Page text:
Seven different auction catalogs document the series of sales being held from June 22 through June 25 by Robert A. Siegel Auction Galleries of New York.
The sales are all taking place at the Siegel Auction Galleries in midtown Manhattan.
The offerings range from classic United States stamps and postal history to telegraph stamps, carriers and locals, and a selection of worldwide rarities that includes a seldom-seen U.S. stamp with a catalog value of $1 million.
That stamp turns up in the final sale of the series, the 2015 Rarities of the World auction, and with the appearance of an 1868 3¢ rose Washington B grill (Scott 82), the auction more than lives up to its name.
The stamp is one of just four examples, all used, that are known to exist. All four started their journey together affixed to an 1869 envelope mailed from Mason, Texas, to Darmstadt, Germany.
The auction catalog pictures the cover, and the stamp is accompanied by a photo of the 1969 Philatelic Foundation certificate for the cover, and a 2015 Foundation certificate authenticating the single stamp. It is listed in the Siegel auction catalog with the 2015 Scott Specialized Catalogue of United States Stamps and Covers value of $1 million.
The auction series begins on Monday afternoon with 250 lots of U.S. stamps and covers from previous auctions “reoffered” by Siegel. A detailed note on the catalog cover explains that “Clear title will pass to all new buyers in this resale.”
Collectors unlucky with their bids in an earlier sale, therefore, might find a second-chance opportunity with this offering.
The selection includes significant rarities such as the 1¢ and 4¢ inverts of the 1901 Pan-American issue (Scott 294a is the 1¢, and 296aS is the 4¢ with “Specimen” overprint).
That 4¢ stamp includes attached selvage showing plate No. 1145 and part of the plate letter imprint in black at bottom. The stamp is “completely sound” and described as one of four recorded plate-number and plate-letter singles of the 4¢ invert, and the only one with the “Specimen” overprint.
The stamp is ex-Col. Green and ex-Cunliffe, includes a 1996 Philatelic Foundation certificate and a 2009 Professional Stamp Experts certificate, and is offered with an estimate of $11,500.
A number of U.S. revenue stamps are included in this first auction, with the standout being a gorgeous example of the $500 red-orange, green and black second issue, an uncommon stamp commonly known as the Large Persian Rug.
Tuesday morning brings United States carriers and locals featuring the Gordon Stimmell collection. The collection consists mostly of covers, but the front cover of the catalog displays an attractive reconstructed block of six of the 5¢ black on greenish yellow Pomeroy’s Letter Express stamp (Scott 117L1), identified as the largest recorded multiple, and offered with an estimate of $4,000 to $6,000.
The Tuesday afternoon sale travels a little further into the back of the book with the Wilson Born collection of U.S. telegraph stamps, a collection that Siegel president Scott Trepel describes as “awesomely wide and deep in content.”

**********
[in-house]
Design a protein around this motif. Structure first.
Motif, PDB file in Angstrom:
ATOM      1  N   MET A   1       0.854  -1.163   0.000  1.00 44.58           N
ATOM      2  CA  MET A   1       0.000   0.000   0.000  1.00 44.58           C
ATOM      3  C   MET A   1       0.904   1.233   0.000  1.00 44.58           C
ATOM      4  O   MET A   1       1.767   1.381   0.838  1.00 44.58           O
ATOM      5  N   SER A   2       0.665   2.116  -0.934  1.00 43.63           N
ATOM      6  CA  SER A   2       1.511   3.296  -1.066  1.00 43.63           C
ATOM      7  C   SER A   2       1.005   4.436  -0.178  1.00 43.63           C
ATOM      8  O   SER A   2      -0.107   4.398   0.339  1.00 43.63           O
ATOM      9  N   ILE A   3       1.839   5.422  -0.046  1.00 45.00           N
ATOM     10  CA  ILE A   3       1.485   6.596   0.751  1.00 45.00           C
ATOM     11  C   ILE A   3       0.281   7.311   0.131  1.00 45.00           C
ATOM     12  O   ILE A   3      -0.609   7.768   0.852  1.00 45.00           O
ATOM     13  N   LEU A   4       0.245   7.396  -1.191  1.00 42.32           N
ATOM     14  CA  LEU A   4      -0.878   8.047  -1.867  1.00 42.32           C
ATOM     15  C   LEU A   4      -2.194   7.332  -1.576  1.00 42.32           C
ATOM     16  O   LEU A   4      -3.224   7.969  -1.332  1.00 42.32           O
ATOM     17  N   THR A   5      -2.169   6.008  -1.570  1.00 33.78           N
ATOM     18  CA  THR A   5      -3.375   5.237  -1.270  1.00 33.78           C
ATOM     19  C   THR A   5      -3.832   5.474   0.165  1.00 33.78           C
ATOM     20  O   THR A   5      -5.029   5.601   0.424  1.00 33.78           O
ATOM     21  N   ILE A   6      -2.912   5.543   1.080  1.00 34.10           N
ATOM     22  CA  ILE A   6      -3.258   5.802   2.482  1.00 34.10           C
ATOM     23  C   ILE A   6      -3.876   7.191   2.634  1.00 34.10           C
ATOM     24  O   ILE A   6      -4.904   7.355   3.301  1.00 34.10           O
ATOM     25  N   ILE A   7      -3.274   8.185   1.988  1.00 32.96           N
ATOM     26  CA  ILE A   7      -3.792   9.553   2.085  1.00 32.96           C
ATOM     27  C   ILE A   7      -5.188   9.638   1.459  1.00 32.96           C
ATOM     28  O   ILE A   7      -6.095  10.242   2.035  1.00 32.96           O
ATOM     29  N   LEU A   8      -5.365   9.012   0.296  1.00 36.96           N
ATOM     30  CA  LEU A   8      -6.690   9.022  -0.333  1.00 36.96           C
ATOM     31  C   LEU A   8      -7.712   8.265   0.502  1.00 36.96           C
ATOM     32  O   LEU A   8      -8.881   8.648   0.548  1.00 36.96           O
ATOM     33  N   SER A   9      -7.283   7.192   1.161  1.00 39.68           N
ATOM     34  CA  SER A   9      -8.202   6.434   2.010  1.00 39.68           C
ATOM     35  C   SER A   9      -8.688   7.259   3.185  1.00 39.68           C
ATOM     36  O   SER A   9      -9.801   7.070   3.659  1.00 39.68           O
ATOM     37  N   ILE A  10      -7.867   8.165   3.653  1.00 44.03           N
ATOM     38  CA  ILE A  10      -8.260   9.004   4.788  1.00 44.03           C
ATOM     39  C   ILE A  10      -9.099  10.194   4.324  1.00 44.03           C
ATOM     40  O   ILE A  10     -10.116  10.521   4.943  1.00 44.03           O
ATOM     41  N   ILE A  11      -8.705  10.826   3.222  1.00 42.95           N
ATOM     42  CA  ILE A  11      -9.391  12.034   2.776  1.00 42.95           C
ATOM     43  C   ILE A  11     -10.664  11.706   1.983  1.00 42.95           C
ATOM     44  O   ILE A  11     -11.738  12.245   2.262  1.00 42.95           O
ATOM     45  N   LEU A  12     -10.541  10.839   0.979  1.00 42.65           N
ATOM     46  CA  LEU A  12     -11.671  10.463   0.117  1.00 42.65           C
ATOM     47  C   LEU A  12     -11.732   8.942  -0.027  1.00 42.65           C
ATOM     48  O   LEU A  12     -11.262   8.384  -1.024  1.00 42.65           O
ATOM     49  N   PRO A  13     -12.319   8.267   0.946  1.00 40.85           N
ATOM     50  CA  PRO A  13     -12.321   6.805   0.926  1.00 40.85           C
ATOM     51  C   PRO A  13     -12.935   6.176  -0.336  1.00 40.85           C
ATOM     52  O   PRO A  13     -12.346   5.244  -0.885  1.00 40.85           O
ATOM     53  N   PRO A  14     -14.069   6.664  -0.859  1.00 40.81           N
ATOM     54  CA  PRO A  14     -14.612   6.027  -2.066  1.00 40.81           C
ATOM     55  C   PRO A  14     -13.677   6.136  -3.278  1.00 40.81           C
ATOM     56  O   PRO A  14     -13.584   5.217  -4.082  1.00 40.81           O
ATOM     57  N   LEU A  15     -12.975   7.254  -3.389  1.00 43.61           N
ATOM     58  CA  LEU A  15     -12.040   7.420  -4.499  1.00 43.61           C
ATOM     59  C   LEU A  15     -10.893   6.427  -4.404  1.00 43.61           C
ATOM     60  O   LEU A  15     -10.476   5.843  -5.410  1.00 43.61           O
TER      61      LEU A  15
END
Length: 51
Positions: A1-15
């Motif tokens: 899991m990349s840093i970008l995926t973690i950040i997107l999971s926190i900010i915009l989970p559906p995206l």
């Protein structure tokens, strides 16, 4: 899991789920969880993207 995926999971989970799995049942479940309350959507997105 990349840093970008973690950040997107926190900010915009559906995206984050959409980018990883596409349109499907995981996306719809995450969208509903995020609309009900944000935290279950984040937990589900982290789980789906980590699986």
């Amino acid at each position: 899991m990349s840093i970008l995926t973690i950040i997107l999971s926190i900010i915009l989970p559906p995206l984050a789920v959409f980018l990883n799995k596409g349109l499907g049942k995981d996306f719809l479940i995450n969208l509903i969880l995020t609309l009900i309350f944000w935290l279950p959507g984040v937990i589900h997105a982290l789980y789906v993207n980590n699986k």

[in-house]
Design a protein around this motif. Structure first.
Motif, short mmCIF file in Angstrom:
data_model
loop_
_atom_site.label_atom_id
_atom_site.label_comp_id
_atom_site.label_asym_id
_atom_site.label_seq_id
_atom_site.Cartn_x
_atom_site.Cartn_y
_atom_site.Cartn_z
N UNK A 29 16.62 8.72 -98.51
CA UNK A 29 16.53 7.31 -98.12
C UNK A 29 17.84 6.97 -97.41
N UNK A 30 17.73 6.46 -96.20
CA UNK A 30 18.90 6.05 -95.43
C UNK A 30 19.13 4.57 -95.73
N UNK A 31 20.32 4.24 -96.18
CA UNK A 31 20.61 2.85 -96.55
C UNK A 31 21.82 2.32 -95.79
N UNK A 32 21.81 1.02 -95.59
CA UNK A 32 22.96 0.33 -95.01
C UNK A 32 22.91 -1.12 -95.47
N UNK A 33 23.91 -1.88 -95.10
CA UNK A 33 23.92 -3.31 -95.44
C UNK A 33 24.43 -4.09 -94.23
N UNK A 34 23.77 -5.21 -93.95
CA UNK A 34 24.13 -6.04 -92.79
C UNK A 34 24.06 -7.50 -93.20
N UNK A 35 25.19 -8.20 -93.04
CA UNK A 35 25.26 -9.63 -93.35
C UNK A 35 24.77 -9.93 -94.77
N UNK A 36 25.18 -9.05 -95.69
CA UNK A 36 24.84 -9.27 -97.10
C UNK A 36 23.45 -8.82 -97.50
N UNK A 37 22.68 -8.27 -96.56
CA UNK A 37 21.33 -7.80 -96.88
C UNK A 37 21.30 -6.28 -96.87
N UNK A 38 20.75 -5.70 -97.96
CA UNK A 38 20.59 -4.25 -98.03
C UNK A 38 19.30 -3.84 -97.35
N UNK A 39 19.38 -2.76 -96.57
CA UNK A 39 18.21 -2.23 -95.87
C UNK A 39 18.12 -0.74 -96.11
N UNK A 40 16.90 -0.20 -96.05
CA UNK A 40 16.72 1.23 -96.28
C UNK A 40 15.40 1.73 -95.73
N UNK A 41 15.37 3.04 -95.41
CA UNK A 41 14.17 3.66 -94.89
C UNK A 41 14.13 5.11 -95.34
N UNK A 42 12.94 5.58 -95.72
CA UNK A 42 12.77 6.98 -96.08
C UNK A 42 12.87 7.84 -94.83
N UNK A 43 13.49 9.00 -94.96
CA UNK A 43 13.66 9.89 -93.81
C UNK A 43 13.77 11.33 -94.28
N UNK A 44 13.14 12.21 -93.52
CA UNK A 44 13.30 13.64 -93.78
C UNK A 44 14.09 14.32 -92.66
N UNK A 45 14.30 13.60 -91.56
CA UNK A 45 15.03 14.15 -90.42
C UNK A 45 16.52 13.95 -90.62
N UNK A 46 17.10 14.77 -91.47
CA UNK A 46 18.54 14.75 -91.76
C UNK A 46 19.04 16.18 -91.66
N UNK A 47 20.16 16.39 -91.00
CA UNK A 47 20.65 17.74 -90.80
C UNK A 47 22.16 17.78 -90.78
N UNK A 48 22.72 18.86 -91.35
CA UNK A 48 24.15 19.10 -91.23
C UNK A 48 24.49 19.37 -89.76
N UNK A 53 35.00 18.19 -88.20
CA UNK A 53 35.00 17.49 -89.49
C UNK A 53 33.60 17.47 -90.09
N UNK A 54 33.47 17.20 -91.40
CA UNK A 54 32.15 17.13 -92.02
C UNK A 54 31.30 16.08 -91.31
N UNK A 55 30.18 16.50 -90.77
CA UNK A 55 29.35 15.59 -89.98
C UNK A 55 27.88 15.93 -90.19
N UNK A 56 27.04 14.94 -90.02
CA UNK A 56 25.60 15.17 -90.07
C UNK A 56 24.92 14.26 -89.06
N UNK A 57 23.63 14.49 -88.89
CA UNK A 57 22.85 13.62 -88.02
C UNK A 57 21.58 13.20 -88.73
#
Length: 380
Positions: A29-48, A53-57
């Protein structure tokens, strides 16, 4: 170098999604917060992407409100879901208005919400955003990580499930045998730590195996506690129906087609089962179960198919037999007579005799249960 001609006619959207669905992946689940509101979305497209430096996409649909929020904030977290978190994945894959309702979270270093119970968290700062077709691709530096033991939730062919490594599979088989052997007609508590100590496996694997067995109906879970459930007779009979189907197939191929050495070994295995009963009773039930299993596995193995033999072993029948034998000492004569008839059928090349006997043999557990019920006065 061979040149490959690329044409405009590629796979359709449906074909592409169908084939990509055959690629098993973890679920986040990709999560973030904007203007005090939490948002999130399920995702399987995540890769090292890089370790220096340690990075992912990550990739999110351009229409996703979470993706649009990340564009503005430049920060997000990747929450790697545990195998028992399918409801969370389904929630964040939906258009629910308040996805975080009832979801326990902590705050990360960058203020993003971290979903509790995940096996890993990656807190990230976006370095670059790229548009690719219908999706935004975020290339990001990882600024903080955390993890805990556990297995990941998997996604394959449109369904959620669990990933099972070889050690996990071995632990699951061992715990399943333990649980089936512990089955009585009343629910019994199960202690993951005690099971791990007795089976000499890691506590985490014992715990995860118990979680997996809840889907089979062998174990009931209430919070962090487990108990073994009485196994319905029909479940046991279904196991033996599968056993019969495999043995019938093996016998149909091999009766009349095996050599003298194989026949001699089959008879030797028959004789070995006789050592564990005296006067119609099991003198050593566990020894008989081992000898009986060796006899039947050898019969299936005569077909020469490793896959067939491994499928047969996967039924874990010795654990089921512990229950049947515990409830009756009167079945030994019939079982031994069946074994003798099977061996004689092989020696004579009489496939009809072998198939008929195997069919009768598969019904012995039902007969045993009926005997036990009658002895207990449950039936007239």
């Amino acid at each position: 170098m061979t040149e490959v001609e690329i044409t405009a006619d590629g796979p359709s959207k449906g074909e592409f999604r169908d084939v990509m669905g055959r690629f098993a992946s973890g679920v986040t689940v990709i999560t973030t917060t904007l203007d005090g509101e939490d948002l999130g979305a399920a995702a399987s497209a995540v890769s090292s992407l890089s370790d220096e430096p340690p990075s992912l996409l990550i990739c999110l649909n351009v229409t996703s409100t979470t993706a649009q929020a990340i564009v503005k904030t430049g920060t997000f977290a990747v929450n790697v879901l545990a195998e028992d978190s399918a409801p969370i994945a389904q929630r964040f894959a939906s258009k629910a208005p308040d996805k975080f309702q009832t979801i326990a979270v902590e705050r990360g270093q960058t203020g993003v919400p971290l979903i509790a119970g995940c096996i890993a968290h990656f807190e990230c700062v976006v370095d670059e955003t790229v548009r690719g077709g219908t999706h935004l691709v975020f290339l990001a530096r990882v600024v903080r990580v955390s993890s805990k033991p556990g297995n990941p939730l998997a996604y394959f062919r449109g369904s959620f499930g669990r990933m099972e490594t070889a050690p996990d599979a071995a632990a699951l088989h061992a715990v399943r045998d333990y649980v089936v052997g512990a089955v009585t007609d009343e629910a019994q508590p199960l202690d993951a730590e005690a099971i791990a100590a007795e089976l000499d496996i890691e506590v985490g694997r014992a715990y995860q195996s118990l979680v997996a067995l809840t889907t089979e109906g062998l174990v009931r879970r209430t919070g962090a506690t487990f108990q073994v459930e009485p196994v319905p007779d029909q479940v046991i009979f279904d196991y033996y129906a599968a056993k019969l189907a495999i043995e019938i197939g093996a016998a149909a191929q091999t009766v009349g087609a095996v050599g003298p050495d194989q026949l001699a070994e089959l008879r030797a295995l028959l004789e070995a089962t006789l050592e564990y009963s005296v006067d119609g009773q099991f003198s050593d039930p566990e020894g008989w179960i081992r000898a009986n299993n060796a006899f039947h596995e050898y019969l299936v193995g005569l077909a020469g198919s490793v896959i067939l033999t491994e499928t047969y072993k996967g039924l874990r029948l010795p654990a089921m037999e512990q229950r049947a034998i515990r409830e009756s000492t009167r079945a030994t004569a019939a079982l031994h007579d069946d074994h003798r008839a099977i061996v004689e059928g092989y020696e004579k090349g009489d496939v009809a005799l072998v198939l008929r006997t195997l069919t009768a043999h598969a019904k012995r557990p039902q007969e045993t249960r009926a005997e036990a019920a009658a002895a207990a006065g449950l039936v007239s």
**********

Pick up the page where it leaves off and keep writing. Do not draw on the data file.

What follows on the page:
The collection includes covers and stamps, with a number of nice stamp multiples included.
The sale itself is a rare opportunity for telegraph stamp collectors, but even more so on account of the two unique 1876 stamps of Colusa, Lake and Mendocino Telegraph Co. being offered: the 10¢ black (Scott 7T2) and the 25¢ red (7T3). Each is listed with the 2015 Scott Specialized Catalogue of United States Stamps and Covers assigned value of $9,250.
To complete the collection of the C.L. & M. stamps, the Siegel sale is also offering a selection of the 5¢ black (Scott 7T1), which catalogs for $1,300 per stamp.
The Larry Lyons collection of mail in the early West carried by private companies will be auctioned Wednesday morning. Among the many covers included are some wonderful examples of mail carried by the Wells, Fargo and Co. Pony Express.
A 10¢ green on buff star-die envelope (Scott U33) further franked with the $2 red Pony Express stamp (143L1) was mailed in 1861 with the running pony handstamp on the $2 red. Siegel cites FKW census records that record 37 $2 red covers, and estimates this example at $15,000 to $20,000.
The auction catalog for the Benjamin Franklin Bailar collection is a delight to look through. Bailar, a former U.S. postmaster general, collected material related to his namesake, Benjamin Franklin, the nation’s first postmaster general.
In the catalog introduction, Bailar writes, “Basically, I was interested in anything that had Benjamin Franklin’s name or likeness and an interesting story.”
There are lovely treats such as the combination 5¢ and 10¢ 1847 cover paying triple the 5¢ under 300 miles rate. That 1848 cover, by the way, is addressed to Millard Fillmore.
There are also handsome advertising covers and other postal history, Benjamin Franklin free franks, a free-franked folded letter from George Washington to Franklin, plus stamps and proofs, and two postmaster’s commissions signed by Franklin.
The Thursday afternoon auction brings in a selection of Civil War and Confederate States material, beginning with an envelope handsigned by Robert E. Lee as general on Christmas Day 1863. It is offered along with the original enclosure, a personal letter written and signed by Lee.
The broad selection in this sale includes Union patriotics, postmasters’ provisionals, general issues and more.
The auction series ends with the Rarities of the World sale mentioned previously. The world in this case covers mostly United States with some amazing classics, as well as choice foreign material.
Full information about these sales is posted on the Siegel website, or contact Robert A. Siegel Auction Galleries, 60 E. 56th St., 4th Floor, New York, NY 10022.
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